For over a week, we have been hearing the horror story that haunts the dreams of those of us who live on our computers and on the World Wide Web. If you haven’t taken the time to read about Mat Honan’s terrible and unfortunate major hacking and wiping of his digital world, then his story is absolutely required reading.
Even though I highly encourage a close reading of the detailed account of how Mat’s digital world came crashing down, I will give you a quick summary: a hacker(s) was able to piece together info from his Amazon account and his Apple ID and was able to gain access to everything he owned and managed online: iCloud, iPhone, MacBook, Twitter accounts, Gmail, etc, and the hacker wiped everything to where there was absolutely nothing left.
Scary stuff. Very scary! If you are anything like me, you live on the web too. You probably manage various email accounts, a Facebook account, a Twitter account or two, probably a couple of domain names, not to mention you keep a lot of your life digitally on your computer, external hard drives and in the cloud online.
When I heard of Mat’s story, it sent chills through me like you wouldn’t believe, and I am sure I am not the only one who quickly rushed to online accounts and started changing passwords (even though that is not how the hacker in Mat’s case got to his sensitive information). It got me thinking about how vulnerable I was if something similar was to happen to me. Like I said, scary stuff.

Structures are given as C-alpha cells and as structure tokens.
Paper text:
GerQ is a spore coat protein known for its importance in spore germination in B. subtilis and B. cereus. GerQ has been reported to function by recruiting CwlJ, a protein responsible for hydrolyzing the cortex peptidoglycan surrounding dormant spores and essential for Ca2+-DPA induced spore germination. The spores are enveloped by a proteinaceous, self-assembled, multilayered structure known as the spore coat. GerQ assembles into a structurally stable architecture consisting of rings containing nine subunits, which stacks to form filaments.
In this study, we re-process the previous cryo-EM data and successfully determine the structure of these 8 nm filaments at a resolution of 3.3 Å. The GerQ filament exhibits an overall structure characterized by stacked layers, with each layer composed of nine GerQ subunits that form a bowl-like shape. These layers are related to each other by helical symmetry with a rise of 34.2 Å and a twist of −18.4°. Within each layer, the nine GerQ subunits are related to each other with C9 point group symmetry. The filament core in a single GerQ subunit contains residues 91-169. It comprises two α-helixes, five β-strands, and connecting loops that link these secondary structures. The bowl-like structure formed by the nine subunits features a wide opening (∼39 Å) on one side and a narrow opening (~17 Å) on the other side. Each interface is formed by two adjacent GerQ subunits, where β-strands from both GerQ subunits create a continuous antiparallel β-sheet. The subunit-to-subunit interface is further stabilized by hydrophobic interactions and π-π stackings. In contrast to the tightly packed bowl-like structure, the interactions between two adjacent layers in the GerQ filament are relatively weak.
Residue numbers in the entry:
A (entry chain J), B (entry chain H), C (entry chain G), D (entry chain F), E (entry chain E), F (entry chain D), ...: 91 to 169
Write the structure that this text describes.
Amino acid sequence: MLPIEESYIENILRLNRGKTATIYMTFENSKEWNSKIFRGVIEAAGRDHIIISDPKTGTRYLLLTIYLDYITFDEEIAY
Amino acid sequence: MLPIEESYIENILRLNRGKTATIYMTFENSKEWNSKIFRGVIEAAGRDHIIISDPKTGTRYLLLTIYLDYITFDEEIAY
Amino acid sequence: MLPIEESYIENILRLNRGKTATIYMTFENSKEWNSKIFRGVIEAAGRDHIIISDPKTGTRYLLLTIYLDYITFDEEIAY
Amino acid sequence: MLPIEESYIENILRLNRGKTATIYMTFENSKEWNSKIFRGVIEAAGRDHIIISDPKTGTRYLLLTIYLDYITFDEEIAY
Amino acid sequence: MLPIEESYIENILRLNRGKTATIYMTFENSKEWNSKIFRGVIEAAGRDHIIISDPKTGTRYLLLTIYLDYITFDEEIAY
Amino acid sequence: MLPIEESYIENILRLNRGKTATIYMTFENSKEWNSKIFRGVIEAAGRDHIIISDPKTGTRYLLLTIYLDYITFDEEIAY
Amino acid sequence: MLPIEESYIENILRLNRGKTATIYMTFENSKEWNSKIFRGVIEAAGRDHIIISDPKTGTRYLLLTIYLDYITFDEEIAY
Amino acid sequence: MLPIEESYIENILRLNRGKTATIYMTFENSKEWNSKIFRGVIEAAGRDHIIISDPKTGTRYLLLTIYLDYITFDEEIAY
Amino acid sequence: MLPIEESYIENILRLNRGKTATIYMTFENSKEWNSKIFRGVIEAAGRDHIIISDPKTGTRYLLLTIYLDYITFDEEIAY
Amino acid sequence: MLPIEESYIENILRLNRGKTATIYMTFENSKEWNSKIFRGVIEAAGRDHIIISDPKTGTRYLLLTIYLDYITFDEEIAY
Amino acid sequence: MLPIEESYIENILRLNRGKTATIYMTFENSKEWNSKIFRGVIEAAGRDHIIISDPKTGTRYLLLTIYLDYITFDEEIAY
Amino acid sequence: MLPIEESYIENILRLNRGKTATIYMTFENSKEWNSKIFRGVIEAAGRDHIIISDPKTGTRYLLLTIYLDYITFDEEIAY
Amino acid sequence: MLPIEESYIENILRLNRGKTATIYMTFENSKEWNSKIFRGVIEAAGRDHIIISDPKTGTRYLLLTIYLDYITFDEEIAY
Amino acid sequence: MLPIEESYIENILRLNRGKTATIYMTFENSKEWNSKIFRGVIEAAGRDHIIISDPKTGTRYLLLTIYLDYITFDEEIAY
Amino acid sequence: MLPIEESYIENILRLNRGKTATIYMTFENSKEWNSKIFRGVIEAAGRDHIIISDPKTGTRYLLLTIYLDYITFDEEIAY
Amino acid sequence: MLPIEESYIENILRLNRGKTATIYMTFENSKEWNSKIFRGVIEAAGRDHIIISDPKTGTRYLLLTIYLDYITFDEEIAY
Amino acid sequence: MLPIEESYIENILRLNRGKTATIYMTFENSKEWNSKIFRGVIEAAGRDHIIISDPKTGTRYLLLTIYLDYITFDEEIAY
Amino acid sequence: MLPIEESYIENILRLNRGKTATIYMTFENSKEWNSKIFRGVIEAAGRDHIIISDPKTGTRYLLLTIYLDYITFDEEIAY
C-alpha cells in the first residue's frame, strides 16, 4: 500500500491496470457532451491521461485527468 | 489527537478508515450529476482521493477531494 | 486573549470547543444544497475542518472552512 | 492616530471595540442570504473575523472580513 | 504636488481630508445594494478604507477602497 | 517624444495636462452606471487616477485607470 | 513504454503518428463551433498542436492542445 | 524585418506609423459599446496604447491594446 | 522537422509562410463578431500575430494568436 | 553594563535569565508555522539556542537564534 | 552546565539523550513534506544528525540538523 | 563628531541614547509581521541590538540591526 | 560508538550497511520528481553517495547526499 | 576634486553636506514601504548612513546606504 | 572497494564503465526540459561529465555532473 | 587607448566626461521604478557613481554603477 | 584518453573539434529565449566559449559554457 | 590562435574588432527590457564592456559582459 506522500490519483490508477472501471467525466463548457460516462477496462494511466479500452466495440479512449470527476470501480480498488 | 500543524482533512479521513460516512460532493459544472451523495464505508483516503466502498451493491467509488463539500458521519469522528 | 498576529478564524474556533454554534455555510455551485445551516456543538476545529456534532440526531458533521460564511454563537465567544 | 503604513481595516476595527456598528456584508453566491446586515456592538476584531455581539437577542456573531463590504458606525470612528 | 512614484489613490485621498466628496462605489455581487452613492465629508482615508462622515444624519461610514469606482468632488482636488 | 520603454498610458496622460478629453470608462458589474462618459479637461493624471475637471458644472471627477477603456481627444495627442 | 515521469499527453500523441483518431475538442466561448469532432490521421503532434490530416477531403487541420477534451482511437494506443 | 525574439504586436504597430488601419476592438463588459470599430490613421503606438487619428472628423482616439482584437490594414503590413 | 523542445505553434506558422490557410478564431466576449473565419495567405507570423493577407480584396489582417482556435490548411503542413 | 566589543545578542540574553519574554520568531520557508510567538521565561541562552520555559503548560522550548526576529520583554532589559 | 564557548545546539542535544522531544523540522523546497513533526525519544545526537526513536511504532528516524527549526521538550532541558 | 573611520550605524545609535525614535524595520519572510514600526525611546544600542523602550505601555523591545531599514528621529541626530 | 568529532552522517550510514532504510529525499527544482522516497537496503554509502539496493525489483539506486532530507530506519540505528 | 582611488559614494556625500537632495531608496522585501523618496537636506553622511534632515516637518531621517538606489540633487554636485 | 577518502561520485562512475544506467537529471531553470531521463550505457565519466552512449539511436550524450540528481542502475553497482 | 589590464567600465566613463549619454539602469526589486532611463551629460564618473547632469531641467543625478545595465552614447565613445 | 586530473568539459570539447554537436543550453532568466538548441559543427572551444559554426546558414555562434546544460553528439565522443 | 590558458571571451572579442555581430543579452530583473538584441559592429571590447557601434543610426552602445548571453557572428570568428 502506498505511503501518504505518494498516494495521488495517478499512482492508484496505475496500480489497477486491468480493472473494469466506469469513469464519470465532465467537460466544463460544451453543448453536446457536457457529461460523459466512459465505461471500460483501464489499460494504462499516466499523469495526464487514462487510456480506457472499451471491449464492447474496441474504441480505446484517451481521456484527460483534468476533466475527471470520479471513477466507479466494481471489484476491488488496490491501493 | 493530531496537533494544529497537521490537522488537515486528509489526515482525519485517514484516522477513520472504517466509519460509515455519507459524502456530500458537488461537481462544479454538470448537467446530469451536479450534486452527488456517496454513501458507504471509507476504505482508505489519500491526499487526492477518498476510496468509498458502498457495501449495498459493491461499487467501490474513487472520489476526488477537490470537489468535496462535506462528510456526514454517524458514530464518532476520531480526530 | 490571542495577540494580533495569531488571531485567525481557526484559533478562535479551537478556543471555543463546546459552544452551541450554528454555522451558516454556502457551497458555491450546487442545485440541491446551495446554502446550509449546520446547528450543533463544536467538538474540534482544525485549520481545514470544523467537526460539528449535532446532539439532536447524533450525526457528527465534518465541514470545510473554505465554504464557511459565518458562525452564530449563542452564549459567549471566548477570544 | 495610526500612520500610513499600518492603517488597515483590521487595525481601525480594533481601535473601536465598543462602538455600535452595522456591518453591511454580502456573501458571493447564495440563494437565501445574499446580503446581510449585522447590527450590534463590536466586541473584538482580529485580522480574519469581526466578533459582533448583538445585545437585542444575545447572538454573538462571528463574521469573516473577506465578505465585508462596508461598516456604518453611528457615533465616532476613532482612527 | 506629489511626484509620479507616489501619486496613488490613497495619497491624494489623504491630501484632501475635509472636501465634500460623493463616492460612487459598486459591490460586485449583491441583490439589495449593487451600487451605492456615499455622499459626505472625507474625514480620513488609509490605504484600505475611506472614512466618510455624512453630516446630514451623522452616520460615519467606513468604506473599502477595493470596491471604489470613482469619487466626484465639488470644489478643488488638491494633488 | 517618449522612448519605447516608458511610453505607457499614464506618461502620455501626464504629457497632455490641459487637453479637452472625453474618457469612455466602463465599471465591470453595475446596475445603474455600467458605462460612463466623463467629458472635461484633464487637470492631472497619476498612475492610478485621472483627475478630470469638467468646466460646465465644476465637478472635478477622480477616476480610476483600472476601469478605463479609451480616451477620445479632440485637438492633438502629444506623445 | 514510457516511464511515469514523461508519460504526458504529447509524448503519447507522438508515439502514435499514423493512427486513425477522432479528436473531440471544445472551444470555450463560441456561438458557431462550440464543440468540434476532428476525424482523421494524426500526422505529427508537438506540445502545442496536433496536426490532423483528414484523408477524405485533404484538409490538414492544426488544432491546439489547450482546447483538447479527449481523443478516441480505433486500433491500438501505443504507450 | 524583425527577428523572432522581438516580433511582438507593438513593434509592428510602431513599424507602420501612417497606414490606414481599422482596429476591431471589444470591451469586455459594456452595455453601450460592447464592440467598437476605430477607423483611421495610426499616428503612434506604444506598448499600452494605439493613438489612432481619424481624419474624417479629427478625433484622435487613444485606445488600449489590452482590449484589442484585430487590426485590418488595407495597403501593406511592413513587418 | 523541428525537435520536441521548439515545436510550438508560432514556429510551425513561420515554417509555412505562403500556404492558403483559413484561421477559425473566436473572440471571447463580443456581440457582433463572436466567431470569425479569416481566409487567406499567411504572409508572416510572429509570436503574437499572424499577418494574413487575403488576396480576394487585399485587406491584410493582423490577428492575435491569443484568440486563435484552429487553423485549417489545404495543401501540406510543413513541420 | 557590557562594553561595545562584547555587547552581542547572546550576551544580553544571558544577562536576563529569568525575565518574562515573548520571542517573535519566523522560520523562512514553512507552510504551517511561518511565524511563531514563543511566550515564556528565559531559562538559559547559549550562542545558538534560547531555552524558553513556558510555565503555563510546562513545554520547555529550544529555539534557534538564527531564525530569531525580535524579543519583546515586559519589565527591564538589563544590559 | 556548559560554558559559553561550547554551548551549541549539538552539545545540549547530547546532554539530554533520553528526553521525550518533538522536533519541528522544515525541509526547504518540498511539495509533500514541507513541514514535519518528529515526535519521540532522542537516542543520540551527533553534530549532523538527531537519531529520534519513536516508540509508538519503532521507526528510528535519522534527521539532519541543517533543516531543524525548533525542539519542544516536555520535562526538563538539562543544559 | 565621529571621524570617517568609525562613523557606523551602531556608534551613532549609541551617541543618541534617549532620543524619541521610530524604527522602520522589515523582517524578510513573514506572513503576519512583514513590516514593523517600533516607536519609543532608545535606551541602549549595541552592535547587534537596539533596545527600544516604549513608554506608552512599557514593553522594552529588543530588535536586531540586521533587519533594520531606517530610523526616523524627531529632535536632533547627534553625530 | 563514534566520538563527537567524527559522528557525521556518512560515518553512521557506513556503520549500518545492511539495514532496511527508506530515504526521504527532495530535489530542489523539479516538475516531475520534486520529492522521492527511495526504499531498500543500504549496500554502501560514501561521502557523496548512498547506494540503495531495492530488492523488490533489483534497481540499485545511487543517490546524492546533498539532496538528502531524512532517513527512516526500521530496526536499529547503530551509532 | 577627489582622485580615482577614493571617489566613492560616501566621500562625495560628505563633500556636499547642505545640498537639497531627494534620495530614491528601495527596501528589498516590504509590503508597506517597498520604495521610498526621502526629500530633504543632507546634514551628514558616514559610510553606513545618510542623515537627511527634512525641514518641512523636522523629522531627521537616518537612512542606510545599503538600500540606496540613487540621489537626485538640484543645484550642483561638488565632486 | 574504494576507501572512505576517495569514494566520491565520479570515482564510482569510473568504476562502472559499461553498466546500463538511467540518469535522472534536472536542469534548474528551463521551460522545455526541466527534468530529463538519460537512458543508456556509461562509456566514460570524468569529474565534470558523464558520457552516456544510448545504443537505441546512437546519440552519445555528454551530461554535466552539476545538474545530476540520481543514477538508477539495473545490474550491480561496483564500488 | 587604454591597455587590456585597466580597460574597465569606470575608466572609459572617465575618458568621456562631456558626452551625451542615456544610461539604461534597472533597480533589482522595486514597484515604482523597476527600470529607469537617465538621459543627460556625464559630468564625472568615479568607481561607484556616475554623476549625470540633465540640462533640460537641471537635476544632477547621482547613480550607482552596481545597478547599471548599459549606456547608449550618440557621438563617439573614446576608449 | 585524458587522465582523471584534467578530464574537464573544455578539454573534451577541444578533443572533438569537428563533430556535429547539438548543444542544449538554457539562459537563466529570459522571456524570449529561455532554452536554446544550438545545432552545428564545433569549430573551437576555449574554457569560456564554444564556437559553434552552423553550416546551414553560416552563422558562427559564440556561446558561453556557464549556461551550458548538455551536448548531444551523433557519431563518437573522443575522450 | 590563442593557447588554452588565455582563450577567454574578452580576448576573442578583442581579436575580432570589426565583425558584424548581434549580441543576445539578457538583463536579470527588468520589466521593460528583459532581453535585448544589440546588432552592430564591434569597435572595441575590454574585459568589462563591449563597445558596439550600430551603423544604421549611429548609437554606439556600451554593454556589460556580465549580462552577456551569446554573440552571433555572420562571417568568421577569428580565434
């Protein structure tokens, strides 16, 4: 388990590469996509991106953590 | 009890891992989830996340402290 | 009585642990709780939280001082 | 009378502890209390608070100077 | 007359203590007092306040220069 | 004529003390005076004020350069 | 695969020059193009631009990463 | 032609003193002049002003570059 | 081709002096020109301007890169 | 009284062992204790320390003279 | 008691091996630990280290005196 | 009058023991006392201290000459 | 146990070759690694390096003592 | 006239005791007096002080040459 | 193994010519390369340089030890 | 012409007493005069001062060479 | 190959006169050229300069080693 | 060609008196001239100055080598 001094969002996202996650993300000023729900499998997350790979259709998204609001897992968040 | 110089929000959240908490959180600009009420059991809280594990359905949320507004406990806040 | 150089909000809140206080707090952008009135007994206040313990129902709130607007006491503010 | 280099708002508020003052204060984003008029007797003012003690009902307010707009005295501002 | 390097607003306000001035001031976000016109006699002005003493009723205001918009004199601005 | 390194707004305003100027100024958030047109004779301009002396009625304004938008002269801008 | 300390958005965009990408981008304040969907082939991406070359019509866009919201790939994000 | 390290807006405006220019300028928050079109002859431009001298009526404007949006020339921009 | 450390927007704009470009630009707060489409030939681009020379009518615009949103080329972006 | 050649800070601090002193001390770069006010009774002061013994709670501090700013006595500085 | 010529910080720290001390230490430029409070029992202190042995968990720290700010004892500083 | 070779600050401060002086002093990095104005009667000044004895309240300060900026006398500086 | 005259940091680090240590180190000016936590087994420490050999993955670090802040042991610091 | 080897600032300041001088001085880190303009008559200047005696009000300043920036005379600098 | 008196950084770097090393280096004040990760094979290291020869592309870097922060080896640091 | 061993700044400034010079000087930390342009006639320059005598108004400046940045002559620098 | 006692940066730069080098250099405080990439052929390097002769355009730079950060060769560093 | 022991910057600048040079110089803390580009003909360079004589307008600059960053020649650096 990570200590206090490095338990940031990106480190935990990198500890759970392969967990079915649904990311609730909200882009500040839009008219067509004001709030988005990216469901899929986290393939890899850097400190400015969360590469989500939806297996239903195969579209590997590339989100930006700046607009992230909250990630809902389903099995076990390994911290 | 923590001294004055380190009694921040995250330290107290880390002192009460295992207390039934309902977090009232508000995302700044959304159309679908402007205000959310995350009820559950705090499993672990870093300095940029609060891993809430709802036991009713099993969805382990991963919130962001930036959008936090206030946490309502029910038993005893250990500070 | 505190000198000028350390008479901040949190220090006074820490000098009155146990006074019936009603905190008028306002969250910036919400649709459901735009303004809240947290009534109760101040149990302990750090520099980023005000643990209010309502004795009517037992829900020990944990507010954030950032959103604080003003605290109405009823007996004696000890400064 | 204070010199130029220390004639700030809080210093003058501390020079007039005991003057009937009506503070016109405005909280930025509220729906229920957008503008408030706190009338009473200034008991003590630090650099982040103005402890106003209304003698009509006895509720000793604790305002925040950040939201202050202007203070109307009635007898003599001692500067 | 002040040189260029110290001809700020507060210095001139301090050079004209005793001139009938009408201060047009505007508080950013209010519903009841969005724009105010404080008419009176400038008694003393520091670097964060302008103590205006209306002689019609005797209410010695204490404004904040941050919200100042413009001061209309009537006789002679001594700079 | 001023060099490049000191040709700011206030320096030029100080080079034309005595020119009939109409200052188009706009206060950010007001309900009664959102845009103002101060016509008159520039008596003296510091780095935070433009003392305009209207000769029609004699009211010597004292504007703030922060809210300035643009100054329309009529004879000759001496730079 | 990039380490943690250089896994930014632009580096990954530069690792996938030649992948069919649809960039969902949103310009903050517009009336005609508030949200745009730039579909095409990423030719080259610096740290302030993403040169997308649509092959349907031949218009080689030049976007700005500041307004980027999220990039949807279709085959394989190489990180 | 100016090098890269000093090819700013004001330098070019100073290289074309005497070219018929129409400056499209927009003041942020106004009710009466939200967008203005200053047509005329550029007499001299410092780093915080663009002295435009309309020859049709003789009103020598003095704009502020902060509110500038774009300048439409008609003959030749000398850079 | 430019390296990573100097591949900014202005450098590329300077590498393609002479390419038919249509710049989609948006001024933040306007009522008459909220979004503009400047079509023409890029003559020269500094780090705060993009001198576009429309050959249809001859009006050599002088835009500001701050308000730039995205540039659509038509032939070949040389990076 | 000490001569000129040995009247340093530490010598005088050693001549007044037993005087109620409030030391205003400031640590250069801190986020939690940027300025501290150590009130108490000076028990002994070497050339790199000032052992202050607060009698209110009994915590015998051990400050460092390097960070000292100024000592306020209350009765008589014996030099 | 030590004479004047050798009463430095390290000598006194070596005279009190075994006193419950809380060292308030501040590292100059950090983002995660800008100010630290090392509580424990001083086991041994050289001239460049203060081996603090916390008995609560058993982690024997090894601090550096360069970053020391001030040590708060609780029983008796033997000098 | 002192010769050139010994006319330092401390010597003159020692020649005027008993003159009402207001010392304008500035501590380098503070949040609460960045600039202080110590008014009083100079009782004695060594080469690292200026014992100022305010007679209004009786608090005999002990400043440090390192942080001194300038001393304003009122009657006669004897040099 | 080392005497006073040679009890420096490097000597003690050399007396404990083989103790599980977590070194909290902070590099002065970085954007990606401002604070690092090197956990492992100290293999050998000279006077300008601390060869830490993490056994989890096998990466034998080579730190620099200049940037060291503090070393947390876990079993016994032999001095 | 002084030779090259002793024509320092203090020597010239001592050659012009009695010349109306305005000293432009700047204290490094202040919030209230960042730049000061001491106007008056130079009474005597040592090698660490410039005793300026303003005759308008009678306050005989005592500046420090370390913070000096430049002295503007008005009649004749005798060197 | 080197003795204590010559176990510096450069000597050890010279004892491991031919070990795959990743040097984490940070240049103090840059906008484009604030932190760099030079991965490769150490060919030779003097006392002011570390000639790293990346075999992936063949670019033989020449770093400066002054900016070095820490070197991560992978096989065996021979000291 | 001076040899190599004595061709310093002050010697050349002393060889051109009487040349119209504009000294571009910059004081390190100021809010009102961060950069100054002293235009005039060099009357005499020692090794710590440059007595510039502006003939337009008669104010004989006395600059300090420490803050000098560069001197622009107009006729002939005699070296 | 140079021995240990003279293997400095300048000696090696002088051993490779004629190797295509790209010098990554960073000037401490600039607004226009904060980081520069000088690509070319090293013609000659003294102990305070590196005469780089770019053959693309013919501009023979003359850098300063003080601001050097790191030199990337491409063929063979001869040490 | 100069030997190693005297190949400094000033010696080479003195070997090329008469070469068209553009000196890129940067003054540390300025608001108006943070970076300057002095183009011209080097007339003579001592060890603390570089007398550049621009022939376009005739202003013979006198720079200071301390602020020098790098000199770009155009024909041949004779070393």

In this how-to, I am going to explain how to back up all the aspects of your digital existence. I have spent several years working on going paperless and preparing for when disaster strikes. So thankfully, I started this week with my digital life backed up in a pretty good spot already. I am going to use the things I use in my daily life as examples throughout this article, while getting you up to speed with what I have already done.
Start with your computer: Back up everything!
The very first place you should start is backing up your computer(s). For the sake of this article, “computer” is desktop and laptop computers excluding phones and tablets. There are many different ways to back up your files on your computer, so let’s take a look at each kind.